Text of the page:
Successful trial in port of Rotterdam with electricity platform
In recent months, 32 companies at the RDM site in the port of Rotterdam have been testing a new energy platform: Distro. Working with solar panels and a battery, users trade energy they have produced themselves in a local market. This is the first time in the world that blockchain technology, artificial intelligence and high-frequency commodity trading have been combined in a single platform. The successful trial shows that it is possible to coordinate supply and demand in local markets 48 hours in advance through a platform on the basis of fair prices and transparent trading agreements.
The Distro platform was developed by S&P Global Platts, a division of S&P Global, and Blocklab, a subsidiary of the Port of Rotterdam Authority that specialises in blockchain solutions. The new initiative helps companies in the port to reduce energy costs by making better use of locally produced electricity and by smoothing peaks in demand on the electricity grid. All this fits in with the climate goal of establishing a carbon-neutral port by 2050. Testing this summer demonstrated that the platform works and the coming months will be used to get it ready for commercial use.
A pilot project was conducted in the Innovation Dock, which houses innovative entrepreneurs. The Port Authority, as the owner of the Innovation Dock, used Distro to operate its own 'micro-market' of 32 users, as well as a roof full of solar panels and a battery to store the energy produced. Artificial Intelligence predicts the consumption and production patterns of individual electricity consumers, and trades kilowatt hours on the platform on the basis of those forecasts. The price of electricity fluctuates with changes in supply and demand. Batteries responding to price buy and store excess on-site solar energy that is generated when consumption levels are low, to re-sell it to users when solar generation is low.
The results include a 92% local consumption of renewable energy and a 20% increase in return on investment for the battery. Additionally, the pilot demonstrated a 14% improvement in revenues for locally produced renewable energy, while lowering average prices for consumers. In addition, trading between the participants means that a 'micro-market' places less of a burden on the regular electricity grid. In turn, that means that the Port of Rotterdam Authority, as the owner of the Innovation Dock, can reduce the capacity of the connection to the network and save costs by 25%.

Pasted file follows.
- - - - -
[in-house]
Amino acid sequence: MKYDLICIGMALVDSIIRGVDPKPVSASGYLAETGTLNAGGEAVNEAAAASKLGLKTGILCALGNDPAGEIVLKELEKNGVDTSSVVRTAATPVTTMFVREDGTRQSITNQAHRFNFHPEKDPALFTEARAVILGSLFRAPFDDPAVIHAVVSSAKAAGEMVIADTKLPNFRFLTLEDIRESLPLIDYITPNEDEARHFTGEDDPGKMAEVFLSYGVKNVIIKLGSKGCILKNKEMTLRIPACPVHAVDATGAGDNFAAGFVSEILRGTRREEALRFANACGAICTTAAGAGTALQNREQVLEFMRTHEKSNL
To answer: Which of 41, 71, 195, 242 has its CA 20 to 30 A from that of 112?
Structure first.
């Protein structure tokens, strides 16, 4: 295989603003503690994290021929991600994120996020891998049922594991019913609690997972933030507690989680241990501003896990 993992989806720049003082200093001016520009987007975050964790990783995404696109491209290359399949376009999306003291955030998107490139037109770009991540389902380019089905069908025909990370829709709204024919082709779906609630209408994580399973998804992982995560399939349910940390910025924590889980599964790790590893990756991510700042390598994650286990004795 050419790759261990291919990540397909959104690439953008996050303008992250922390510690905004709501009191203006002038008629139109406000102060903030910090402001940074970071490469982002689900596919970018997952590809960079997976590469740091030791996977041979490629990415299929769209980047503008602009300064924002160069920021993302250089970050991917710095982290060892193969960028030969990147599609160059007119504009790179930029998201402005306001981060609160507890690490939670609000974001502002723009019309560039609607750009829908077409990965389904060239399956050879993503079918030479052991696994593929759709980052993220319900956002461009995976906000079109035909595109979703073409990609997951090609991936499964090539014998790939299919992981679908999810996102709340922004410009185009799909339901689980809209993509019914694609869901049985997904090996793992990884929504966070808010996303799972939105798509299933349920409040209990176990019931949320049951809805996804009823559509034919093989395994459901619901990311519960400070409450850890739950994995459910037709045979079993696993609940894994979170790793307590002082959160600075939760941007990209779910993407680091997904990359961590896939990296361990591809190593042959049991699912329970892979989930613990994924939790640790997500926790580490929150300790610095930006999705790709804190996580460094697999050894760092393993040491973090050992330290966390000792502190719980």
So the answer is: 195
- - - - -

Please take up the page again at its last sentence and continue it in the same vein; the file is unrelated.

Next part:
Local trading platform
The Distro platform is a response to two major developments: consumers are now also producers; and energy delivered by solar and wind fluctuates considerably. James Rilett, Innovation Director at S&P Global Platts: ‘At the distribution level, too, the electricity market has to become a mature market in which transparency will lead to better prices and the more effective use of infrastructure. The design of the platform is based on Platts experience of more than 100 years of providing price transparency to global commodity markets.’
The platform combines the capabilities of high frequency trading, with a blockchain environment that provides security for transactions, identity management and market rule compliance. Janjoost
Jullens (director of Blocklab): ‘We have now had more than 20 million transactions validated by a blockchain. So we know that the system can be stable and reliable, even with a high volume of transactions. Not only that, Banking as a Service from ABN AMRO Clearing Bank has demonstrated that the transactions on the platform can be processed in the banking environment.’
On the way to a carbon-neutral port
In the coming months, the software used in the pilot will be prepared for commercial use. Nico van Dooren, Director New Business & Portfolio Management at the Port of Rotterdam Authority: ‘This pilot project is good for everyone: not only are energy prices fairer and more transparent, the costs of sustainable energy are reduced for clients. This is a solution that will help to achieve the goal of a carbon-neutral port.’